Thursday, March 22, 2007

Mrs. Miniver and Propaganda

Reviews of “Mrs. Miniver” almost always mention the word “propaganda” in the first line. I find this odd, since just about every film made during World War II that mentioned the war was propaganda of a sort. This includes films made not only by the United States, but by every nation with a film industry at the time.

Made after World War II began in Europe, but before the United States became involved, “Mrs. Miniver” was supportive of the Brits against the Nazis and included the stock characters of plucky but somewhat buffoonish under classes supporting the noble, good looking and well-lit upper classes, nothing unusual in films of the time. What was dangerous for the industry was the taking of sides.

Director William Wyler frankly stated his support for US involvement in the war and that making this film was his contribution to that effort. By the time the film was released, the United States was at war, with no further need for the industry, politicians or public to be squeamishly neutral. Perhaps what sealed “Mrs. Miniver” as propaganda for all time was the famous “Wilcoxon speech” penned reportedly by Wyler and Henry Wilcoxon, who played the vicar, who delivers the speech at the end of the film. The speech was championed by President Franklin Roosevelt, broadcast on radio, printed in magazines, used to define our mission. Winston Churchill lauded the film. Had the politicians not taken the film to their hearts, perhaps “Mrs. Miniver” would have come down to us only as a sentimental movie of the British home front, and not branded with that loaded title of “propaganda.”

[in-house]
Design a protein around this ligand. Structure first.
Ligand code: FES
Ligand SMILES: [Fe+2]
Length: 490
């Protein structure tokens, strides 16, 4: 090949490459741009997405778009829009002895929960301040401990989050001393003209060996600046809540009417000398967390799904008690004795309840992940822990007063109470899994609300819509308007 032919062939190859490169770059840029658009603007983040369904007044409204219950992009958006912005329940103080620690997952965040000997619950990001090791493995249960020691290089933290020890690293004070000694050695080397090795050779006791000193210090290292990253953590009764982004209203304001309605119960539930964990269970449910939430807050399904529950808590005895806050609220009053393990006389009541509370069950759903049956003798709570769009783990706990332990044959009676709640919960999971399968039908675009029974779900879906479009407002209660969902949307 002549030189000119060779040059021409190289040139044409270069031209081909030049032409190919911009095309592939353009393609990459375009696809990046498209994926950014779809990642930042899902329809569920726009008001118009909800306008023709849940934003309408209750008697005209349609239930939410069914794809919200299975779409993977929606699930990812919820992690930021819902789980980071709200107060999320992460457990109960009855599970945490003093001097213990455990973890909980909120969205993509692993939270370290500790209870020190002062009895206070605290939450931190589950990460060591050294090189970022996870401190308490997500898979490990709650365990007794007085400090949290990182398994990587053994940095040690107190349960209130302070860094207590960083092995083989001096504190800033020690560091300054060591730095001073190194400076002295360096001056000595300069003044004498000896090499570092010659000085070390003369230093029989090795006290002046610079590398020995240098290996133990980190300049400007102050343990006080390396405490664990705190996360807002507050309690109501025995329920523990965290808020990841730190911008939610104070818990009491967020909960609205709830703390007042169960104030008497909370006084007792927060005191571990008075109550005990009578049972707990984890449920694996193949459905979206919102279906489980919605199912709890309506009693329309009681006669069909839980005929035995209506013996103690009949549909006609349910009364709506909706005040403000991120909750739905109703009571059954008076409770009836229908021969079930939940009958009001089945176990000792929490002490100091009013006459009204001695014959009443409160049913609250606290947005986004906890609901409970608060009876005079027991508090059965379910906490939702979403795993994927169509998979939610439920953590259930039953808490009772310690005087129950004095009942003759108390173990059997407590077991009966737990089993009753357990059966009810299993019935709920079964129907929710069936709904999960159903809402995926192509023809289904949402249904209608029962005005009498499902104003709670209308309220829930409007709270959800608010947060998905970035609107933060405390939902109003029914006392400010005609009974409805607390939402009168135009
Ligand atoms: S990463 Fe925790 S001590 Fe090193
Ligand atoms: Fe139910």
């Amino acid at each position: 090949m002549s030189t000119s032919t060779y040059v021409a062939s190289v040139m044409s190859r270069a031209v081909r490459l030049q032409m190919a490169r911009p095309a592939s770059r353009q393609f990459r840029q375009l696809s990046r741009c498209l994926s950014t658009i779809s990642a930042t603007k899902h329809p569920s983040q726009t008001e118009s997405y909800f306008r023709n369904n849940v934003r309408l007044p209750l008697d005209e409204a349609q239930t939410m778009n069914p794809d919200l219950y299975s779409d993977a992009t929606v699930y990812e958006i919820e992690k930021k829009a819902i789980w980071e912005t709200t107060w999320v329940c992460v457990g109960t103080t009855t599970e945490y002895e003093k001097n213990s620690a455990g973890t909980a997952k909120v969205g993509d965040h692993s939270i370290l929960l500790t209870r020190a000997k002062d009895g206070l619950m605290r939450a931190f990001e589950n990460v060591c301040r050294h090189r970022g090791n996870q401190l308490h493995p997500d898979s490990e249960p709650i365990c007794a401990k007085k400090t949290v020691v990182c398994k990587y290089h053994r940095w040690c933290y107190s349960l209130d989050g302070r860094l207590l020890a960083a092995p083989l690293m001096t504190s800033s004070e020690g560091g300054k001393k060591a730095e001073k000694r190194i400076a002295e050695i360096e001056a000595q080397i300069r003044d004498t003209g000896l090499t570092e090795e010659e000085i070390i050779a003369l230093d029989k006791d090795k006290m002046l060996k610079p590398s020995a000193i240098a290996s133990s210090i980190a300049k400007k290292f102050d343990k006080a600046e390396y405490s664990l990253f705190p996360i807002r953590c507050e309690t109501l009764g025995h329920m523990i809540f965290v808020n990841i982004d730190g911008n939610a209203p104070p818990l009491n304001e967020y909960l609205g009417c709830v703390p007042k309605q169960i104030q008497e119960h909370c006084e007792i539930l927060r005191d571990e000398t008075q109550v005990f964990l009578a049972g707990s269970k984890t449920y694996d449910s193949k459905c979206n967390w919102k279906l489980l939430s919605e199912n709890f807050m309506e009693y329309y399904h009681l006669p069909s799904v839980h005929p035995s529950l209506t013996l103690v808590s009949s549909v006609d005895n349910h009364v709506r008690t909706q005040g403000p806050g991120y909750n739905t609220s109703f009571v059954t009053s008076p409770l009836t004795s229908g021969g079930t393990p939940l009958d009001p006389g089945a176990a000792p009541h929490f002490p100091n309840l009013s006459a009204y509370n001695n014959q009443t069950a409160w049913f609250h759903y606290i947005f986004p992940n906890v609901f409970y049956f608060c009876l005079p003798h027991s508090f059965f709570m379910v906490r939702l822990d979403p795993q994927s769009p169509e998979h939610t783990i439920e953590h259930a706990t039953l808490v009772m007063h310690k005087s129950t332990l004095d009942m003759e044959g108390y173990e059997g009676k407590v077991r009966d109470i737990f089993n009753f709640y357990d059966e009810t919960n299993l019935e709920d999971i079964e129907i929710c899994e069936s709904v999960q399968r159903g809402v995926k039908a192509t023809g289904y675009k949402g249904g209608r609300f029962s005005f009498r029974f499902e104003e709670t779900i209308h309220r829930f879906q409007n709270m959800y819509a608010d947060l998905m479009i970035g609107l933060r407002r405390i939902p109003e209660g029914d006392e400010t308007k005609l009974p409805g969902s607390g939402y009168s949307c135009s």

If most English housewives did not apprehend Nazi soldiers in their kitchens like Mrs. Miniver did, there were still many homes on the European continent where such soldiers were equally unwelcome, but not so easily subdued. We sometimes forget today, and perhaps younger film buffs never realize, that the angst depicted in those films was real. Fear breeds chauvinism, which breeds propaganda. Any mention of war is apt to be viewed as political. Even documentaries can be slanted. But, these films were never intended to be documentaries, only stories reflective of their times.

These days the US has been at war for four years, and there are very few films out which address this situation, even in passing. The danger again, just as it was before we entered World War II, is appearing to take a political stance. By even mentioning it, we are seeming to take a viewpoint, which carries risk. It is easier to say nothing. One wonders what film buffs sixty years from now will learn about our era in a time when war fills the nightly news, but not the movie theaters.

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